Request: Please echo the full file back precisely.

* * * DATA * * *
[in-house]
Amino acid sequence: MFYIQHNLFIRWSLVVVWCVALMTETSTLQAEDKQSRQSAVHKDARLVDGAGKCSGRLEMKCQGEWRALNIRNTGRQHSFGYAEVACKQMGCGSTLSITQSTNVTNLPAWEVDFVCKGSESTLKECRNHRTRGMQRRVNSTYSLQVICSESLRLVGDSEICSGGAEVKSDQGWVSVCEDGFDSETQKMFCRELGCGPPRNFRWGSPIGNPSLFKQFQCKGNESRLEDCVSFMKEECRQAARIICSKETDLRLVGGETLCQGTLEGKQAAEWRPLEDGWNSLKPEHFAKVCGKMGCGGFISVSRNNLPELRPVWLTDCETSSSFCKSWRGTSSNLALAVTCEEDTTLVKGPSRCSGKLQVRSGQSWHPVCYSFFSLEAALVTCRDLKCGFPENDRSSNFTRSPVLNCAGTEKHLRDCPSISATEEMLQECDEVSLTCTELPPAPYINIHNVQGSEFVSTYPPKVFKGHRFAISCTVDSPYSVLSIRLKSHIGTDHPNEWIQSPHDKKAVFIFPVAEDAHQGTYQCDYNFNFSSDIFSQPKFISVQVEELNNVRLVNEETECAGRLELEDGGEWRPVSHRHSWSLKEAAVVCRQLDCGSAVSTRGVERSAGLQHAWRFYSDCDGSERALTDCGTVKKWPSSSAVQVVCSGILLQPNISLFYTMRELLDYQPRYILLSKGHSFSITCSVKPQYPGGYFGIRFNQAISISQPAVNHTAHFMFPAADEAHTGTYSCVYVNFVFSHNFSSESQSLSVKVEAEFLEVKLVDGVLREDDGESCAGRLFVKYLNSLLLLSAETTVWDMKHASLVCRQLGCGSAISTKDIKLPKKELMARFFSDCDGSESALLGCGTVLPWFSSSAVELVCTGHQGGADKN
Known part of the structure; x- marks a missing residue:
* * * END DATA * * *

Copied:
[in-house]
Amino acid sequence: MFYIQHNLFIRWSLVVVWCVALMTETSTLQAEDKQSRQSAVHKDARLVDGAGKCSGRLEMKCQGEWRALNIRNTGRQHSFGYAEVACKQMGCGSTLSITQSTNVTNLPAWEVDFVCKGSESTLKECRNHRTRGMQRRVNSTYSLQVICSESLRLVGDSEICSGGAEVKSDQGWVSVCEDGFDSETQKMFCRELGCGPPRNFRWGSPIGNPSLFKQFQCKGNESRLEDCVSFMKEECRQAARIICSKETDLRLVGGETLCQGTLEGKQAAEWRPLEDGWNSLKPEHFAKVCGKMGCGGFISVSRNNLPELRPVWLTDCETSSSFCKSWRGTSSNLALAVTCEEDTTLVKGPSRCSGKLQVRSGQSWHPVCYSFFSLEAALVTCRDLKCGFPENDRSSNFTRSPVLNCAGTEKHLRDCPSISATEEMLQECDEVSLTCTELPPAPYINIHNVQGSEFVSTYPPKVFKGHRFAISCTVDSPYSVLSIRLKSHIGTDHPNEWIQSPHDKKAVFIFPVAEDAHQGTYQCDYNFNFSSDIFSQPKFISVQVEELNNVRLVNEETECAGRLELEDGGEWRPVSHRHSWSLKEAAVVCRQLDCGSAVSTRGVERSAGLQHAWRFYSDCDGSERALTDCGTVKKWPSSSAVQVVCSGILLQPNISLFYTMRELLDYQPRYILLSKGHSFSITCSVKPQYPGGYFGIRFNQAISISQPAVNHTAHFMFPAADEAHTGTYSCVYVNFVFSHNFSSESQSLSVKVEAEFLEVKLVDGVLREDDGESCAGRLFVKYLNSLLLLSAETTVWDMKHASLVCRQLGCGSAISTKDIKLPKKELMARFFSDCDGSESALLGCGTVLPWFSSSAVELVCTGHQGGADKN
Known part of the structure; x- marks a missing residue: